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Fuller v. Winter


March 14, 2008


The opinion of the court was delivered by: John D. Bates United States District Judge


Plaintiff Raymond T. Fuller, Jr., a former Lieutenant Commander in the United States Navy, brings this action seeking to compel defendant Donald C. Winter, the Secretary of the Navy, to correct alleged "errors and injustices" contained in plaintiff's military service records. Specifically, Fuller asks that the Court reverse the Secretary's decision to deny his administrative request, pursuant to 10 U.S.C. § 1552, to amend his naval records. At the moment, Fuller's records show that he received a general discharge from the Navy in 2000. He seeks to amend that to state that he served until 2003, when he then retired from active service. Both parties have moved for summary judgment. Those motions are now fully briefed and ripe for resolution. Upon careful consideration, and for the reasons set forth below, the Court will grant Fuller's motion and deny the Secretary's motion.


The facts of this case are not seriously in dispute. In October 1983, Fuller was commissioned at the rank of ensign by the Navy. Def.'s Stmt. of Facts ¶ 1. He received his final full promotion to the rank of Lieutenant Commander on November 1, 1993. Id. By all accounts, Fuller was a superb naval officer and he enjoyed a decorated professional career. Indeed, in June 1998, the Navy informed him that he had been selected for promotion to the rank of Commander. Id. ¶ 2. An investigation into his personal life, however, resulted in the delay and eventual cancellation of that promotion. Id. In fact, Fuller was ultimately issued a general discharge from the Navy owing to the results of that investigation.

In January 1995, Fuller married his wife, Linda. AR 33. Citing irreconcilable differences, they legally separated pursuant to the terms of a separation agreement signed on September 29, 1998. Id. Several months later, Fuller first met Jana Dannemiller, who was a personal trainer at a gym where he trained. Id. The two became friends; at first, Fuller was under the impression that Ms. Dannemiller was also legally separated from her husband, who Fuller learned was a Lieutenant Colonel in the Army Reserve. Id. 34. Believing that his relationship with Dannemiller "did not . . . impact[] on good order and discipline" because both parties were separated from their estranged spouses, Fuller and Ms. Dannemiller soon became involved "in an intimate relationship." Id. Thereafter, he learned that although Ms. Dannemiller and her husband were separated, they still lived in the same house "but in separate bedrooms" and the couple planned to have "an amicable divorce." Id. Fuller also learned that Ms. Dannemiller's husband, Lieutenant Colonel Dannemiller, was in fact an active-duty Army officer. He nevertheless continued forward with the relationship because he "did not believe their relationship was impacting on good order and discipline and because both parties were legally separated." Id.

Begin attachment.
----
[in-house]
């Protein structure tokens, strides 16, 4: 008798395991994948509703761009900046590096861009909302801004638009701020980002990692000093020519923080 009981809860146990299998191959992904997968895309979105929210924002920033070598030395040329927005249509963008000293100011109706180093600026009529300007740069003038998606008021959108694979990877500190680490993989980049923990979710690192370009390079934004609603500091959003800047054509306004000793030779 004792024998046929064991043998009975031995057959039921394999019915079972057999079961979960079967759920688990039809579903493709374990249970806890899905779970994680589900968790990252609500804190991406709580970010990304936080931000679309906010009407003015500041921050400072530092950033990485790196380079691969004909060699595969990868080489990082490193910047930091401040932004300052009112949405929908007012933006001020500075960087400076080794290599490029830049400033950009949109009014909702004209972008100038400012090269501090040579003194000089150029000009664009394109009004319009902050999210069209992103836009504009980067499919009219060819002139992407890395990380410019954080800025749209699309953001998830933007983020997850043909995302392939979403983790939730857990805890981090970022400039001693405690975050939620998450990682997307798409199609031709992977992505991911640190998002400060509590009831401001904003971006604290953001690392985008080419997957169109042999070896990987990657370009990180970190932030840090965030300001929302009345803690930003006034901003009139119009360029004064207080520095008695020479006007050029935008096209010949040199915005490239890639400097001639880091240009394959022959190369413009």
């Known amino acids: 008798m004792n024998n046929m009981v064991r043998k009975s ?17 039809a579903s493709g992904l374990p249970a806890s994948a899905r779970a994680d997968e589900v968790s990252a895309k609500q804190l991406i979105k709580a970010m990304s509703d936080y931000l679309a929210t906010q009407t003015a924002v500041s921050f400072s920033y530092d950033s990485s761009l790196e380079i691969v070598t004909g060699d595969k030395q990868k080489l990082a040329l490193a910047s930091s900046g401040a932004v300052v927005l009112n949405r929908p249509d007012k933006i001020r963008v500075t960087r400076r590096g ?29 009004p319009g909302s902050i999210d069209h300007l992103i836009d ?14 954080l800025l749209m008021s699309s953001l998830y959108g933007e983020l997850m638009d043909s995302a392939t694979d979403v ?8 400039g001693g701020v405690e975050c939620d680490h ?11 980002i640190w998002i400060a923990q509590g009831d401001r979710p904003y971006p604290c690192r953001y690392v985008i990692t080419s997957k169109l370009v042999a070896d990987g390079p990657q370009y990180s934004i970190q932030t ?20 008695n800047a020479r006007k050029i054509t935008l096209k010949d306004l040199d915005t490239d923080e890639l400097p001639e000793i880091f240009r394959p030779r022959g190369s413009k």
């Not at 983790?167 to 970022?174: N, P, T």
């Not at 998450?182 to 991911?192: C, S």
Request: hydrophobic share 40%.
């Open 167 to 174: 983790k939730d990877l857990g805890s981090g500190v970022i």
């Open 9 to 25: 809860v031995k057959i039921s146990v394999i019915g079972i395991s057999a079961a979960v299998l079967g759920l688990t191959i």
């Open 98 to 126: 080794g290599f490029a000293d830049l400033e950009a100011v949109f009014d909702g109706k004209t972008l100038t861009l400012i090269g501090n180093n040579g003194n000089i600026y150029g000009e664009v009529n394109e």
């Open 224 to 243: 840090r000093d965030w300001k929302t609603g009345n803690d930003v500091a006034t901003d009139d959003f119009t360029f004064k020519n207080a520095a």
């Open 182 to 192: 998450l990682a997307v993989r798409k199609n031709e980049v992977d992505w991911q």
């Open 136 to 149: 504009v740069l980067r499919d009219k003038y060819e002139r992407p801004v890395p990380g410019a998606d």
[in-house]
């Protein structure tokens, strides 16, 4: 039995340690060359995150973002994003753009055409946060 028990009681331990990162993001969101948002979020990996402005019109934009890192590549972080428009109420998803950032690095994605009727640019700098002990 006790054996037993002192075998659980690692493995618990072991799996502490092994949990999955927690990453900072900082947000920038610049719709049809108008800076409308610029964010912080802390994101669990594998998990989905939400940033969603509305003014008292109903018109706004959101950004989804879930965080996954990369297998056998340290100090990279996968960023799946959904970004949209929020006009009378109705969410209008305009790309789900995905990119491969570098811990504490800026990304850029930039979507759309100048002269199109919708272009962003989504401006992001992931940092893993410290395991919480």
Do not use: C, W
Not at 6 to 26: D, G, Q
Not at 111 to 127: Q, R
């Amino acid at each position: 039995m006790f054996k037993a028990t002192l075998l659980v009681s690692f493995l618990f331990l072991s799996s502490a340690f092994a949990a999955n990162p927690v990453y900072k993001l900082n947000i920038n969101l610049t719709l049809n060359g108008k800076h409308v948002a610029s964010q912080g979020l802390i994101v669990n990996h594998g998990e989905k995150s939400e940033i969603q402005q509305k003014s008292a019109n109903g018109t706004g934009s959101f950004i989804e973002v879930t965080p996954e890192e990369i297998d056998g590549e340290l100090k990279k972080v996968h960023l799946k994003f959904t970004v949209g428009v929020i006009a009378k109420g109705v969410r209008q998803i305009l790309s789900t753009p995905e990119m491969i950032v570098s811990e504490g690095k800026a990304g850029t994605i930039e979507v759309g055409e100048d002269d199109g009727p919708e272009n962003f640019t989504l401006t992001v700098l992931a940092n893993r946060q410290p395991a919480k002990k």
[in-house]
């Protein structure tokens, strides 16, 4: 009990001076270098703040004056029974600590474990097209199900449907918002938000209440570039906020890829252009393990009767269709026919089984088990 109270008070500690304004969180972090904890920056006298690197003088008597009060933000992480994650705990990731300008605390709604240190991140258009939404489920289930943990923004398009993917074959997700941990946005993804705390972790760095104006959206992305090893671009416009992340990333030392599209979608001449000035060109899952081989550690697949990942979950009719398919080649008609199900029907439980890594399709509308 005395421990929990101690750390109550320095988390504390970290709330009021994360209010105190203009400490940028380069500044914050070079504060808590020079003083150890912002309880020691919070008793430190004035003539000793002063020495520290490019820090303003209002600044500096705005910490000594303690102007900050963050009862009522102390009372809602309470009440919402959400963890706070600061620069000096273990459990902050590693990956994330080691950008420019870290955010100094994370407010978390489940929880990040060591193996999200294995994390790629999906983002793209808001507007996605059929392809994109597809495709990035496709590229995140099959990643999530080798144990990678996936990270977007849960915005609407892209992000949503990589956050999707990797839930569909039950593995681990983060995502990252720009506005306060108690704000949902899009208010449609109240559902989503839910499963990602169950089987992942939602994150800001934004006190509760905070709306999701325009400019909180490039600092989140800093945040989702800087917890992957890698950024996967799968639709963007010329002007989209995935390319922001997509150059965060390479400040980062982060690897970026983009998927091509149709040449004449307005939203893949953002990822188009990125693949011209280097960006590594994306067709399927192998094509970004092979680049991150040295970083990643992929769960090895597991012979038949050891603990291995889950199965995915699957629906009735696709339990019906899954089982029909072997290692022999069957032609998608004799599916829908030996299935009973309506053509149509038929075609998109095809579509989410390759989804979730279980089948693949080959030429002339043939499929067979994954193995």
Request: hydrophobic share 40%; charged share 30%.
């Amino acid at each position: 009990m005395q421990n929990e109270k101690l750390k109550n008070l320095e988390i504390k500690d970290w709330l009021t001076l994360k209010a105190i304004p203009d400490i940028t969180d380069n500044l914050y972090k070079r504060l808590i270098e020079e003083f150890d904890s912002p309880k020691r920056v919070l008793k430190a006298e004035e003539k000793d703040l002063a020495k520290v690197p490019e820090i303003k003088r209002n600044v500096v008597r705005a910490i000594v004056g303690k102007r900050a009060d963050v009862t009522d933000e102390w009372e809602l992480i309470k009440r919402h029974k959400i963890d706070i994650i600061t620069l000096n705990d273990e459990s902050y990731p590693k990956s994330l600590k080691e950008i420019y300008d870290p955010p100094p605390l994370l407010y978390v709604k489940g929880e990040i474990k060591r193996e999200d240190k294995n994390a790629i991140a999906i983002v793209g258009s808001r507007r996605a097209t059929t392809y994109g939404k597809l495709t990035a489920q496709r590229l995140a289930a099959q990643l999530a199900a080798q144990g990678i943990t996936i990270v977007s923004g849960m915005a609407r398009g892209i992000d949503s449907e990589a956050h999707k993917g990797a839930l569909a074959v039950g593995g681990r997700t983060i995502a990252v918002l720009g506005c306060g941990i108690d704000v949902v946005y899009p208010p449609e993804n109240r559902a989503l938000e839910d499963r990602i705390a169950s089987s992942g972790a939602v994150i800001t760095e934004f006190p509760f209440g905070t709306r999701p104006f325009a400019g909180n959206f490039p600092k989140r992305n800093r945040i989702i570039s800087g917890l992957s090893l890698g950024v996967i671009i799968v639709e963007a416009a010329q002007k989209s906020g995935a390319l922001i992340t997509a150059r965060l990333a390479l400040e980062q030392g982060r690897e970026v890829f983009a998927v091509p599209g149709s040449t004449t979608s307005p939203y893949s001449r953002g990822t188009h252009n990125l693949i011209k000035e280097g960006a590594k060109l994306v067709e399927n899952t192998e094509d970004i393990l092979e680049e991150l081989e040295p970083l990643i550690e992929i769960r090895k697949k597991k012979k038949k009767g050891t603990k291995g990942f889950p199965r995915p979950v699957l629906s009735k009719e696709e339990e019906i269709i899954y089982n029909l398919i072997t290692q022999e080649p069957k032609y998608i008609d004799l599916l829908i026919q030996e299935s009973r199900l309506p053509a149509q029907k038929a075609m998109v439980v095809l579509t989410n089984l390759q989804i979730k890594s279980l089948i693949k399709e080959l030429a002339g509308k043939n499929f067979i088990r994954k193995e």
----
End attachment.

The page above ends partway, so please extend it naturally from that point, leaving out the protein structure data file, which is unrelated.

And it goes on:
Despite Ms. Dannemiller's predictions of an amicable divorce, her separation with her husband turned acrimonious during May 1999. Id. At that point, Ms. Dannemiller and her children moved out of the house after learning that "her estranged husband was stalking her." Id. For his part, Lieutenant Colonel Dannemiller reported Fuller's affair with Ms. Dannemiller to the Naval Inspector General ("IG") "in an effort to have adultery and conduct unbecoming charges brought against" Fuller. Id. 34-35. "This action ultimately led to an Inspector General Investigation into [Fuller] and his personal life." Id. 35.

During the course of the IG's investigation, several other incidents of alleged misconduct involving Fuller came to light. "[B]eyond his adulterous affair, . . . [Fuller] had engaged in sexual relations with an Australian teenage girl and suspected prostitute, transmitted an indecent photograph using a government computer, and been arrested for soliciting a female undercover police officer for sex in exchange for money." Def.'s Stmt. of Facts ¶ 4. Thus, on June 16, 1999, the "IG investigation substantiated five allegations against [Fuller]." Id. ¶ 5.

As a result, on October 7, 1999, Fuller "received Non-Judicial Punishment ("NJP") from the Commandant, Naval District, Washington for multiple violations of the Uniform Code of Military Justice ("UCMJ")." Id. ¶ 6. The charges against him included:

(1) under Article 92 (order violation), 10 U.S.C. § 892, one specification of violating a Joint Ethics Regulation by transmitting indecent images over a government computer; (2) under Article 133, 10 U.S.C. § 933, two specifications of conduct[] unbecoming an officer for [his] wrongful and dishonorable relationships with the spouse of an Army officer and a young Australian woman; and (3) under Article 134, 10 U.S.C. § 934, two specifications of adultery for [his] relationships with the same women.